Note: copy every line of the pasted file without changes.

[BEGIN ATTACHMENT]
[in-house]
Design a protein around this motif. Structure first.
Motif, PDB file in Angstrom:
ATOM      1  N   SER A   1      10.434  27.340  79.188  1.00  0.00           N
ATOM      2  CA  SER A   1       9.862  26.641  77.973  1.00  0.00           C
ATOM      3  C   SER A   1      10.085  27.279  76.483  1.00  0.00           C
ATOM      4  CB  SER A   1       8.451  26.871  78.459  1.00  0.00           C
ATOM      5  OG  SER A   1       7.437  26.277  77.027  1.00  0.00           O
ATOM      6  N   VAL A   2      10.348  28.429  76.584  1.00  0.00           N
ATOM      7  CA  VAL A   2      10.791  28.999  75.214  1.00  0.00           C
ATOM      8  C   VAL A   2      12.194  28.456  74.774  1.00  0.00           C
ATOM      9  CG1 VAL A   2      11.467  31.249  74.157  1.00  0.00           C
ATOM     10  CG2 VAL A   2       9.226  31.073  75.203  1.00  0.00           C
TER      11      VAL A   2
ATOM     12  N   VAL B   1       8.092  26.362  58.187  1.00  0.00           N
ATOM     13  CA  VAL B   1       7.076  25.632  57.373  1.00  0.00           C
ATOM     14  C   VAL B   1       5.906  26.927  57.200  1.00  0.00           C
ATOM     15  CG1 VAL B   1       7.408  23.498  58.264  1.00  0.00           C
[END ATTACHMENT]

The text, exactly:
[in-house]
Design a protein around this motif. Structure first.
Motif, PDB file in Angstrom:
ATOM      1  N   SER A   1      10.434  27.340  79.188  1.00  0.00           N
ATOM      2  CA  SER A   1       9.862  26.641  77.973  1.00  0.00           C
ATOM      3  C   SER A   1      10.085  27.279  76.483  1.00  0.00           C
ATOM      4  CB  SER A   1       8.451  26.871  78.459  1.00  0.00           C
ATOM      5  OG  SER A   1       7.437  26.277  77.027  1.00  0.00           O
ATOM      6  N   VAL A   2      10.348  28.429  76.584  1.00  0.00           N
ATOM      7  CA  VAL A   2      10.791  28.999  75.214  1.00  0.00           C
ATOM      8  C   VAL A   2      12.194  28.456  74.774  1.00  0.00           C
ATOM      9  CG1 VAL A   2      11.467  31.249  74.157  1.00  0.00           C
ATOM     10  CG2 VAL A   2       9.226  31.073  75.203  1.00  0.00           C
TER      11      VAL A   2
ATOM     12  N   VAL B   1       8.092  26.362  58.187  1.00  0.00           N
ATOM     13  CA  VAL B   1       7.076  25.632  57.373  1.00  0.00           C
ATOM     14  C   VAL B   1       5.906  26.927  57.200  1.00  0.00           C
ATOM     15  CG1 VAL B   1       7.408  23.498  58.264  1.00  0.00           C